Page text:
or worse does it without going through load-asd.
> That's not a very good solution, actually, since the OPERATION subclass
> might be defined outside an ASD file, in a normal .lisp file. So
> perhaps wrapping COMPILE-OP and LOAD-OP is also necessary.
It's even worse, because OPERATION subclasses are often defined
in a good old Lisp file, called asdf-support.lisp or some such.
A flag around the loading of asd files won't help.
Or now, you're going to have to do checks around every file.
Frankly, I believe this has a huge cost
for negligible benefit after the fact.
As for how to deal with future incompatible changes,
it's a more interesting question, and I have no great answer,
but that flag idea sounds like an especially bad solution.
> I'd like to get this right before going forward, but I see only a choice
> of unpleasant alternatives.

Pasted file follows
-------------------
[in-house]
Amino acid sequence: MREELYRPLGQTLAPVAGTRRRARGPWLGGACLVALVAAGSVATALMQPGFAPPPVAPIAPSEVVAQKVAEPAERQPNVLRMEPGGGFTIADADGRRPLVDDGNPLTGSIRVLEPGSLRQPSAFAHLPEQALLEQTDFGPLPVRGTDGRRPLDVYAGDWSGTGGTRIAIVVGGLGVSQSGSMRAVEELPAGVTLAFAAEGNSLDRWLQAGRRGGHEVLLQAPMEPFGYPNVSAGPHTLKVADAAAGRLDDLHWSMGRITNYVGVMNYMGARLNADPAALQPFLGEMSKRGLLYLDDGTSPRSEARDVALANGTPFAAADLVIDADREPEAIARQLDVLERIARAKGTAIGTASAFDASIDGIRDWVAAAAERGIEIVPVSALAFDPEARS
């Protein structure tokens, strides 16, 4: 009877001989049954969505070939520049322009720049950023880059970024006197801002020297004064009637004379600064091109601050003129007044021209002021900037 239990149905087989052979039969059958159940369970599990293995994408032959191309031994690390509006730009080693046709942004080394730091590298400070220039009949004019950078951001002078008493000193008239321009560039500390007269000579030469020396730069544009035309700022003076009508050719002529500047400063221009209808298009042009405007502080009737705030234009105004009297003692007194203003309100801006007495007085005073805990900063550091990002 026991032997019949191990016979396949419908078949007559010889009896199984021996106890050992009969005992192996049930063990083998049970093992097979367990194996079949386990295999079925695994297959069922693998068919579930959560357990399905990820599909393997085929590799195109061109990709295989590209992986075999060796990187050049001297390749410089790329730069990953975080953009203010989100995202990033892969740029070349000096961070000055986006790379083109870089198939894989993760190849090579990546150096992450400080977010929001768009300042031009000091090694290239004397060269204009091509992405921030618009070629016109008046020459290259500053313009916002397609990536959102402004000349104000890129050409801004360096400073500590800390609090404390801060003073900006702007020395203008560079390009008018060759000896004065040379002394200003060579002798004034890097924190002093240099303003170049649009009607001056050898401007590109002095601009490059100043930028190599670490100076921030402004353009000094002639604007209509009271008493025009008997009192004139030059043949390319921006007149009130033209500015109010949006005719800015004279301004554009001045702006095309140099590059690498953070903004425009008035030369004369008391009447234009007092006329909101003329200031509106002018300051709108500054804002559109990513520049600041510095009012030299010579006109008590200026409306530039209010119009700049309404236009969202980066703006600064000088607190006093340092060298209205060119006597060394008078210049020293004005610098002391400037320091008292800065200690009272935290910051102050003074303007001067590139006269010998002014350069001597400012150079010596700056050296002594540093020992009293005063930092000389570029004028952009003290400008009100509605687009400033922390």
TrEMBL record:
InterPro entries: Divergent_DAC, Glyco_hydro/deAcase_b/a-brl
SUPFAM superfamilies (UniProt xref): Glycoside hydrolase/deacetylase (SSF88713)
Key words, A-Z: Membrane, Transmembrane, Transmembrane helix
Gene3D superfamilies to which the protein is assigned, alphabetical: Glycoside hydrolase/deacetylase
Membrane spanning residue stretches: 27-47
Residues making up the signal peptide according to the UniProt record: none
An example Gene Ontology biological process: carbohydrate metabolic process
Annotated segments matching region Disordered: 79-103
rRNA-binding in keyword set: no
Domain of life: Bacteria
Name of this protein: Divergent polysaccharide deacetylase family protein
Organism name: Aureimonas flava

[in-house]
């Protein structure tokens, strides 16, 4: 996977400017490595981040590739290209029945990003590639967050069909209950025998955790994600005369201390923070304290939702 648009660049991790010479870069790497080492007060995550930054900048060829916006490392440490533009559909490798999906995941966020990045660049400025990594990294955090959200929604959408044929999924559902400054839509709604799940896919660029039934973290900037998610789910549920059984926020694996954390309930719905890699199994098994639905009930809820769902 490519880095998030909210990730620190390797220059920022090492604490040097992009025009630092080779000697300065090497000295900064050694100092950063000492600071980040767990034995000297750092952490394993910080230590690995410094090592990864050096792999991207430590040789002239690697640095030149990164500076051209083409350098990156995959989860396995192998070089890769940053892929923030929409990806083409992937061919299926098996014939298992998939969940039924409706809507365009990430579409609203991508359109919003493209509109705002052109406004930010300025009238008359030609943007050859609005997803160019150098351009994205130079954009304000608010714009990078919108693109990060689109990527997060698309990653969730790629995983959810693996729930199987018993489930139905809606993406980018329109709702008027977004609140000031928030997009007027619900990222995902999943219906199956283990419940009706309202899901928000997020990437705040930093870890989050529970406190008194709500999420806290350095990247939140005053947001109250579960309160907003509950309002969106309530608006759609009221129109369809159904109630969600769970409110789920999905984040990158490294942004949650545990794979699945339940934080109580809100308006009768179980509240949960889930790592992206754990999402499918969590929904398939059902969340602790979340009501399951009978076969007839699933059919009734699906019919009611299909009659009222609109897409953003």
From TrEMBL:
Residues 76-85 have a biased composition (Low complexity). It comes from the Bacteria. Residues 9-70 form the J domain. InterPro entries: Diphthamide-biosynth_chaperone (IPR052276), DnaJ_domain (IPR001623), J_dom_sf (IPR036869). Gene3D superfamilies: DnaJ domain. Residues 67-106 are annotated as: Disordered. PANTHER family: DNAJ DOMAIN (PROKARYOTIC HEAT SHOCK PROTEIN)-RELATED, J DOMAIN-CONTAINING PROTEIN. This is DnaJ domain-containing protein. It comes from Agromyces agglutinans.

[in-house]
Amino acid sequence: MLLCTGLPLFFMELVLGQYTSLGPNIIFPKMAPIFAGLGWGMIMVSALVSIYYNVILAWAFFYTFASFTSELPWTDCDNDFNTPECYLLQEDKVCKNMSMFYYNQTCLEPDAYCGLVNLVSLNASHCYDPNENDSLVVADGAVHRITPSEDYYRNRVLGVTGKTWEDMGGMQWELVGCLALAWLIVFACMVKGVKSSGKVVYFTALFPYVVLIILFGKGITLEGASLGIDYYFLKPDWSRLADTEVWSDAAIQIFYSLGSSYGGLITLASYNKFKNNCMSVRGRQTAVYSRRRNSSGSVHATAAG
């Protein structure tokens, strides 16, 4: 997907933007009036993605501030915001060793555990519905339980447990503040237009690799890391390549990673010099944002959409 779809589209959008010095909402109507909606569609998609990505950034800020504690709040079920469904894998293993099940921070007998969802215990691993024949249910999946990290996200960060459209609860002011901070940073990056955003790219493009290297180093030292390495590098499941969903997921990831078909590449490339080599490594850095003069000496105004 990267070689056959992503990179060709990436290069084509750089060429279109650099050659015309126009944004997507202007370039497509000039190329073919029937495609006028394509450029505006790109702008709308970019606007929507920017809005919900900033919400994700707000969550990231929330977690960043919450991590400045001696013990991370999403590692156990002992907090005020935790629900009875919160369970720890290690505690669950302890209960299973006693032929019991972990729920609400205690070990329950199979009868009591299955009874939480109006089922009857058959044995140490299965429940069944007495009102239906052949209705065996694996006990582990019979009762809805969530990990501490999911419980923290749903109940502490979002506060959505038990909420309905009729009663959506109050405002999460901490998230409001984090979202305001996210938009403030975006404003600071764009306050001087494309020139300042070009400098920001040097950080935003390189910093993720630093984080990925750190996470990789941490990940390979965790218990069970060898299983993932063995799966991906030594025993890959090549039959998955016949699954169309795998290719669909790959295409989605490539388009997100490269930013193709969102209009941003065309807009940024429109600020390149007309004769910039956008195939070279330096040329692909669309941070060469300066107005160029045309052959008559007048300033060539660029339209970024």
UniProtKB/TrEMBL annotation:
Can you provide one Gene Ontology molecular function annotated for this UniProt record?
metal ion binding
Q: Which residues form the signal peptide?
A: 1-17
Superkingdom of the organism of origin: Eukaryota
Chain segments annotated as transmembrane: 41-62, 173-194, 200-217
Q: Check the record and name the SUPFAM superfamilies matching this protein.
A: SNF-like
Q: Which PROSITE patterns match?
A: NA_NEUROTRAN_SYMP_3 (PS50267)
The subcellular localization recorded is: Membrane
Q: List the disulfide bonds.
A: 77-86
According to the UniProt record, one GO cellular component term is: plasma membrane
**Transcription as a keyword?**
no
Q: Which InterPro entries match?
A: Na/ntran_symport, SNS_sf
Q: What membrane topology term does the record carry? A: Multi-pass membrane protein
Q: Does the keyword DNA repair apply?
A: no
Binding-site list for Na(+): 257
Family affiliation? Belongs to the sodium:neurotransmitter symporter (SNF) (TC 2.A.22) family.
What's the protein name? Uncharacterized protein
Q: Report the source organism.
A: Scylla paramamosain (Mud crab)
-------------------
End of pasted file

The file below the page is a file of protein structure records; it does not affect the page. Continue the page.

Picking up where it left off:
> If anyone has a better one, I'm open to suggestions.
I don't see any alternative that can fix the past.
Making things future-proof is more interesting.
Back in the ASDF2 days, and then again with ASDF3 and ASDF3.1,
I had to define and refine various hooks for hot upgrade of ASDF,
after finding the hard way where they were lacking.
Other hooks may have to be defined for systems and for extensions
to specify what version of ASDF they rely upon.
Since these hooks don't exist yet, I believe it's erroneous
to act as if they used to exist. But it's still time to define them.
> Unfortunately, to take your point about ASDF needing to let the person
> who knows provide the knowledge, the only person who knows whether an
> OPERATION redefinition is good is the system definer, and NOT the poor
> programmer who loads a library.
Yes. And unless you come up with something extremely clever,
I don't see any way to distinguish between libraries designed for ASDF2
and libraries designed for ASDF3 through programmatic means